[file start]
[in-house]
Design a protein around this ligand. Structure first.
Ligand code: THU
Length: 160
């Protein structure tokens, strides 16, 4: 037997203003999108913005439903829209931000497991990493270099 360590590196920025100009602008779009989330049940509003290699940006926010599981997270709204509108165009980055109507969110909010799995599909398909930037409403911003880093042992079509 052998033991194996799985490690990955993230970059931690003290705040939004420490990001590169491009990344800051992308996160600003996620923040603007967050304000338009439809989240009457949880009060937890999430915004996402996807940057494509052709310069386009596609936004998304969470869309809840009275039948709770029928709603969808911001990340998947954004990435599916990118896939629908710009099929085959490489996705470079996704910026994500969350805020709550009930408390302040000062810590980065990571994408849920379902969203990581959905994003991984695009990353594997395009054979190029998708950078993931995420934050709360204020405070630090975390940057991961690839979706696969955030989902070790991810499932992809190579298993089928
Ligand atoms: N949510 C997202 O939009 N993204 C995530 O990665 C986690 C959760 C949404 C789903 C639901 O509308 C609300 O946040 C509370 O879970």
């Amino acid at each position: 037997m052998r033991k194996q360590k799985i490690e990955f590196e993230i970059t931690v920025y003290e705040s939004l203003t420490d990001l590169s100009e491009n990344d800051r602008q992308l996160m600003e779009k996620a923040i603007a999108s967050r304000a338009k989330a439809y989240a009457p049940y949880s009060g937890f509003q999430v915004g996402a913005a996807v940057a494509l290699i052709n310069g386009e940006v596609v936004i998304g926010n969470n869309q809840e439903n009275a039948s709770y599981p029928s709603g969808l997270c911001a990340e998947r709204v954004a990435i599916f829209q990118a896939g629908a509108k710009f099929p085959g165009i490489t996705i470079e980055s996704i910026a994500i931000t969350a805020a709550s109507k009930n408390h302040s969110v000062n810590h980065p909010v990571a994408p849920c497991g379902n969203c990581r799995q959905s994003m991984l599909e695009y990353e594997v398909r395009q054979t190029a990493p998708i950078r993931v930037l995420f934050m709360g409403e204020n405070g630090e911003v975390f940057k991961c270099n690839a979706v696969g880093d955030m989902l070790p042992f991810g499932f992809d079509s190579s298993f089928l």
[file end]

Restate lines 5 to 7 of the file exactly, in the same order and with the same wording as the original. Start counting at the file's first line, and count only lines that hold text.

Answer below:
């Protein structure tokens, strides 16, 4: 037997203003999108913005439903829209931000497991990493270099 360590590196920025100009602008779009989330049940509003290699940006926010599981997270709204509108165009980055109507969110909010799995599909398909930037409403911003880093042992079509 052998033991194996799985490690990955993230970059931690003290705040939004420490990001590169491009990344800051992308996160600003996620923040603007967050304000338009439809989240009457949880009060937890999430915004996402996807940057494509052709310069386009596609936004998304969470869309809840009275039948709770029928709603969808911001990340998947954004990435599916990118896939629908710009099929085959490489996705470079996704910026994500969350805020709550009930408390302040000062810590980065990571994408849920379902969203990581959905994003991984695009990353594997395009054979190029998708950078993931995420934050709360204020405070630090975390940057991961690839979706696969955030989902070790991810499932992809190579298993089928
Ligand atoms: N949510 C997202 O939009 N993204 C995530 O990665 C986690 C959760 C949404 C789903 C639901 O509308 C609300 O946040 C509370 O879970």
């Amino acid at each position: 037997m052998r033991k194996q360590k799985i490690e990955f590196e993230i970059t931690v920025y003290e705040s939004l203003t420490d990001l590169s100009e491009n990344d800051r602008q992308l996160m600003e779009k996620a923040i603007a999108s967050r304000a338009k989330a439809y989240a009457p049940y949880s009060g937890f509003q999430v915004g996402a913005a996807v940057a494509l290699i052709n310069g386009e940006v596609v936004i998304g926010n969470n869309q809840e439903n009275a039948s709770y599981p029928s709603g969808l997270c911001a990340e998947r709204v954004a990435i599916f829209q990118a896939g629908a509108k710009f099929p085959g165009i490489t996705i470079e980055s996704i910026a994500i931000t969350a805020a709550s109507k009930n408390h302040s969110v000062n810590h980065p909010v990571a994408p849920c497991g379902n969203c990581r799995q959905s994003m991984l599909e695009y990353e594997v398909r395009q054979t190029a990493p998708i950078r993931v930037l995420f934050m709360g409403e204020n405070g630090e911003v975390f940057k991961c270099n690839a979706v696969g880093d955030m989902l070790p042992f991810g499932f992809d079509s190579s298993f089928l």